I’d seen pictures of the obstacle below. None of them warned me that the bars roll. The extra movement adds something.
I’d done a traverse under bouncy nets using only my hands before, so I thought this would be easy too… Only these grips bounce and roll. I fell, and it hurt.
Seriously, one of the easier obstacles wound up being an unknotted rope you jumped to like Tarzan so you can swing across a pool of water. At most races, that’s considered a hard one.
No worries, it was bound to get easier right? Wrong. The unshaded climbs continued, and then I ran out of water! I thought my 18 oz bottle was overkill; I should have brought my camelback (and salt for that matter).
Eventually, the festival area reappeared with a gauntlet of clustered obstacles that guarded the finish line like grip strength sucking sentinels.
These were tricky, but the one I’d read about the most was “Get to the Choppa.” A few reviews said it was hard, and since it’s so high the fear of falling is quite real. No worries, I had a foolproof plan to get through this one safely: Don’t fall.
Seriously, just suck it up. If falling scares you, do a Color Run. Bonefrog’s run by SEALs, not Disney characters.
Is the Choppa hard? Yes. The plan I had to rotate from blade to blade like a trapeze artist fell apart the second I grabbed hold. That thing turned me around and twisted my arms like pretzels. Thankfully, the fear of falling powered my intense death grip to those blades until I was finally able to kick the bell.
After 2 hours and 57 minutes, I hit the final obstacle at the finish line. Bonefrog’s finish is unique, and it either moves you or it doesn’t. You climb up a rope and then swing across monkey bars with a ginormous American Flag at your side. Personally, this finish was worth the trip by itself and the pic they get of you at the end is better than any medal I have in my case.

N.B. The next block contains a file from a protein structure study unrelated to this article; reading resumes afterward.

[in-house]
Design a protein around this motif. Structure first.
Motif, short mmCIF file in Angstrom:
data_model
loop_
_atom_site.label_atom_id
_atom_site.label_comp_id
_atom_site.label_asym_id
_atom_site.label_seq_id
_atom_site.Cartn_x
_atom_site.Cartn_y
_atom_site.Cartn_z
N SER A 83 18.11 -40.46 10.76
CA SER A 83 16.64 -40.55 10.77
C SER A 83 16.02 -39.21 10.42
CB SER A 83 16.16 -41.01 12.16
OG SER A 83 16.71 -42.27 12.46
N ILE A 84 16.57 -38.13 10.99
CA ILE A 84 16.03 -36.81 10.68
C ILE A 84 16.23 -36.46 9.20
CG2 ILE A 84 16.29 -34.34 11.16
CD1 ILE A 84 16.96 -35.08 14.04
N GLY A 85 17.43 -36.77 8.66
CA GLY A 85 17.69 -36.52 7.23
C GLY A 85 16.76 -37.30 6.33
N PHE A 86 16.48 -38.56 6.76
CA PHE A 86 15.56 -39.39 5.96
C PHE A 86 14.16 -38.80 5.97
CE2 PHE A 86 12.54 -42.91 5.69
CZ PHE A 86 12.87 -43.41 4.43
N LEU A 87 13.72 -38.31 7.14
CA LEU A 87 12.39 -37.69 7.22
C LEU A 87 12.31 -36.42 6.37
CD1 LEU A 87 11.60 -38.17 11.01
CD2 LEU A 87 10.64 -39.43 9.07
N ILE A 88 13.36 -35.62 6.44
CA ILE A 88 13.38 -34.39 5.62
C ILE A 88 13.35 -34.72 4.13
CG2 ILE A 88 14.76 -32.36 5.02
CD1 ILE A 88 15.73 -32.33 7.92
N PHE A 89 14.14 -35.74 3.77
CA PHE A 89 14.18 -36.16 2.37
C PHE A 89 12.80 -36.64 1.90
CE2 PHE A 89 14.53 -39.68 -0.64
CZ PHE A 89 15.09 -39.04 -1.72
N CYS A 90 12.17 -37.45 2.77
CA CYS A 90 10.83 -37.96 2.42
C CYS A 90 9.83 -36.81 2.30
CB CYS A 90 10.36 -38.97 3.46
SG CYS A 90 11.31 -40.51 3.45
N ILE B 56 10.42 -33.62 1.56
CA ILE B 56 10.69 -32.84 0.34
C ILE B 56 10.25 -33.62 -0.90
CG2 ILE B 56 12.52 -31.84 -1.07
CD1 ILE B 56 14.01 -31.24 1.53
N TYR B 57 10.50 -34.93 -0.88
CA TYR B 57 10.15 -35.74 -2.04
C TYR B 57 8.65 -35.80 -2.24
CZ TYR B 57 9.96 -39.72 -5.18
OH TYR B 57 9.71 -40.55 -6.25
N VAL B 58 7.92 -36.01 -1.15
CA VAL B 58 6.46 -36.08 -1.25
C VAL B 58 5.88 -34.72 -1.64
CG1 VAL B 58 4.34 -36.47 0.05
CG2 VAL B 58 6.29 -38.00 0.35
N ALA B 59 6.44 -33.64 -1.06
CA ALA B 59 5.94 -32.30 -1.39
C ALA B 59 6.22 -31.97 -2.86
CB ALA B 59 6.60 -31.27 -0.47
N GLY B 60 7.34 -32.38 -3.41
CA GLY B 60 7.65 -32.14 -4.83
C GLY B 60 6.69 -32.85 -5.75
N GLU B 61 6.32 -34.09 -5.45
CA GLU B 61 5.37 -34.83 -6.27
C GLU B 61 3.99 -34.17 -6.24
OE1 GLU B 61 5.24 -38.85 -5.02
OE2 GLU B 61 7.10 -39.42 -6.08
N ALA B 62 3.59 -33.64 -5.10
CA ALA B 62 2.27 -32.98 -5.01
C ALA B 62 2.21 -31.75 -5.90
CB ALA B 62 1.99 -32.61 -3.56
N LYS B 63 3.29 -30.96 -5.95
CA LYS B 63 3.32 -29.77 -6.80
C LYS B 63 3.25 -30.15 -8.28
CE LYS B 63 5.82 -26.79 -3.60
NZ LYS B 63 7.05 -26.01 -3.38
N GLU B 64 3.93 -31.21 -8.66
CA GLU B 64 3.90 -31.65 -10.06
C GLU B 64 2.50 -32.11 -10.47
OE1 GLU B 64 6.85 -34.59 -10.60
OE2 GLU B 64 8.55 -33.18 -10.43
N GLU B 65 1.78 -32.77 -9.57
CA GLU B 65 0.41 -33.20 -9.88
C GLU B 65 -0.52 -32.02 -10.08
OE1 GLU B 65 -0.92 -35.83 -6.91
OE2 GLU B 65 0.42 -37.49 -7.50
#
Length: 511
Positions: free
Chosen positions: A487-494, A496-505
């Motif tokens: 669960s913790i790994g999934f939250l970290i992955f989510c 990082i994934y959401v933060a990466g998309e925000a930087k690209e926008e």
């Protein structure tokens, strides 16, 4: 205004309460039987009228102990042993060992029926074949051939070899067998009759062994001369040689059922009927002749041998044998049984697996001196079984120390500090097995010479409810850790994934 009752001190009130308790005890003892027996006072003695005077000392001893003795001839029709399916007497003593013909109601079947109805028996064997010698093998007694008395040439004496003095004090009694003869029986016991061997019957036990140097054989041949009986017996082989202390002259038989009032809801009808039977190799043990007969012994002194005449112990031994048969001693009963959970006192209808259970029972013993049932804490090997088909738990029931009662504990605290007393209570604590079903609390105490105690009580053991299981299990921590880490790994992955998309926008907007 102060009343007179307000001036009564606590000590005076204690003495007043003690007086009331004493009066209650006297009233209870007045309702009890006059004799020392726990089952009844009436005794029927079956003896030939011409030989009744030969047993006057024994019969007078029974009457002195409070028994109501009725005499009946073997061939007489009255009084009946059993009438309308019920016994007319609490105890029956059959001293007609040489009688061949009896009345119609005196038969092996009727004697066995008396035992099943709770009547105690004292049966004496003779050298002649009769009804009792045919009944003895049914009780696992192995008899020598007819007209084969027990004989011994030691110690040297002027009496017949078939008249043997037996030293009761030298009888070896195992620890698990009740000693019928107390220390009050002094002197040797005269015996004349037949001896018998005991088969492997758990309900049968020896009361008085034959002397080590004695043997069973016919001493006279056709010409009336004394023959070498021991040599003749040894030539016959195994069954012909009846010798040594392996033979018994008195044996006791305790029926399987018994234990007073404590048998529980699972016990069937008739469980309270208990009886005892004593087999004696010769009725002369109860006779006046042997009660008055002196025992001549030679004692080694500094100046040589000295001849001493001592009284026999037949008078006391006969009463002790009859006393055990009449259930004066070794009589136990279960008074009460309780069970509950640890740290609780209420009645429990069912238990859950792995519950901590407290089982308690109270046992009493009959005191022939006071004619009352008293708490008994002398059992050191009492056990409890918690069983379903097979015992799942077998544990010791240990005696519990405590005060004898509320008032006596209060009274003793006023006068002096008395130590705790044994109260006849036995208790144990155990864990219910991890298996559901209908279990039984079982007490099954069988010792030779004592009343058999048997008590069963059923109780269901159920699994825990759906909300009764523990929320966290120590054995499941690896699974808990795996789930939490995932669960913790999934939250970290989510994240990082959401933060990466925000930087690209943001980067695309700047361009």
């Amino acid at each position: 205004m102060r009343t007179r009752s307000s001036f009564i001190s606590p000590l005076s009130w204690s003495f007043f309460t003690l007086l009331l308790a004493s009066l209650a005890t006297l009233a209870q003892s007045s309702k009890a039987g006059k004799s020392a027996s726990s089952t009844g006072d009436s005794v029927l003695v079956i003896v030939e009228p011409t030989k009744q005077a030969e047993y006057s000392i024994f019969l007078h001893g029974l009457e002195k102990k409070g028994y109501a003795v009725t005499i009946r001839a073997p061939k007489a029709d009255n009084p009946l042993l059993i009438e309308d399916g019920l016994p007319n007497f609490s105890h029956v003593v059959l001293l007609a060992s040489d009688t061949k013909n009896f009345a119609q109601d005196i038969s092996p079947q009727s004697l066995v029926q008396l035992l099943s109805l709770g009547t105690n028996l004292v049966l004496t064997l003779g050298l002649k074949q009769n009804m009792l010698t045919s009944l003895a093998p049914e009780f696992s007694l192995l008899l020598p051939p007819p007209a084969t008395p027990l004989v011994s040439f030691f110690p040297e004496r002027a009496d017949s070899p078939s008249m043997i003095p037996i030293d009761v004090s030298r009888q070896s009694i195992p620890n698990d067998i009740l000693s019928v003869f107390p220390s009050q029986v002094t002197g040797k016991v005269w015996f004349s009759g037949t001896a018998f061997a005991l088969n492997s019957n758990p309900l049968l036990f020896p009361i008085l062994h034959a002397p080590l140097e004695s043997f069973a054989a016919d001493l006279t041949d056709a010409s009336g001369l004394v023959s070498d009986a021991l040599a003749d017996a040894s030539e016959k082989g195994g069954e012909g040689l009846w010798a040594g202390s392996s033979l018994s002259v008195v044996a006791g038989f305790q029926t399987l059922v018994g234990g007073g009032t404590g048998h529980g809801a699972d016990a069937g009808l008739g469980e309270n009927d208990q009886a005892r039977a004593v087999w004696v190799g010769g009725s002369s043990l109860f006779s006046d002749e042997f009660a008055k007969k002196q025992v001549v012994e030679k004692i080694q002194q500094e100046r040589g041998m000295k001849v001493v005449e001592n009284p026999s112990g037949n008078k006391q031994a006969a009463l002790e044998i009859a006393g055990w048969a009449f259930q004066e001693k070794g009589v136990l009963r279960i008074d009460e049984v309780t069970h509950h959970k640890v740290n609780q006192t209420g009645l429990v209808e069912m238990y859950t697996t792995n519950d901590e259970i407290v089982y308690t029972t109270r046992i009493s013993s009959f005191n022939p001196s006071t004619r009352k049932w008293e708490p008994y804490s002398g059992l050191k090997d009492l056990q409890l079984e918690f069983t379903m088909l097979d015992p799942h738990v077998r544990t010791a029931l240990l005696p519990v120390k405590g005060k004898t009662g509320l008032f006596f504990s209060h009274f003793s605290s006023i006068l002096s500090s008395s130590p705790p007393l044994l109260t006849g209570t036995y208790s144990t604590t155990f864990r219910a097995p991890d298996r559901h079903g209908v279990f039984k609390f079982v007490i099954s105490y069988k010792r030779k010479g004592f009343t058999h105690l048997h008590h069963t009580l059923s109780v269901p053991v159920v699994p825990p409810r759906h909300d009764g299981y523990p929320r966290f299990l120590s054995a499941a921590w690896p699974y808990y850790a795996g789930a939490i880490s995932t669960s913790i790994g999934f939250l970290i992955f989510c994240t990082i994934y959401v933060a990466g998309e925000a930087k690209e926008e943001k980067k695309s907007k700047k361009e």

And that’s why I suppose you love this crew or don’t. They bring you old school OCR, and they do it with heart. On the course, you’ll do 31 burpees, one for each KIA service member listed on a board. Later, you’ll climb a steep hill in the blazing sun and then get to write the name of a loved one on a wall. And after gutting out the obstacles and terrain, your final memory of the course is swinging triumphantly by a huge American flag.
So, did I get the gold frog pin? Not a chance. The challenge course was 8 miles, had 30 obstacles and over 3k feet of gain and loss. There were only 2.5 hours before I wouldn’t be allowed to start another lap. I was so far away from my five lap goal that I called it a day and went out for Gelato with my wife. The remaining sprint laps were 3 miles, 20 obstacles and about 1,700 feet of gain and loss each. I don’t think anyone completed four of those to bag a gold frog pin that day.
Hard Lesson #3: Bonefrog Endurance is not the Battlefrog Xtreme reincarnated. It’s better but harder. If you fail to give this series the respect it deserves like I did, they’ll eat your lunch.
Unless your name’s Ryan Atkins or one of those elite racers, be happy with 3 laps as a respectable goal on a course like that.
About five minutes of edited video from the course, set to Tuba music, is available on Youtube at Click Here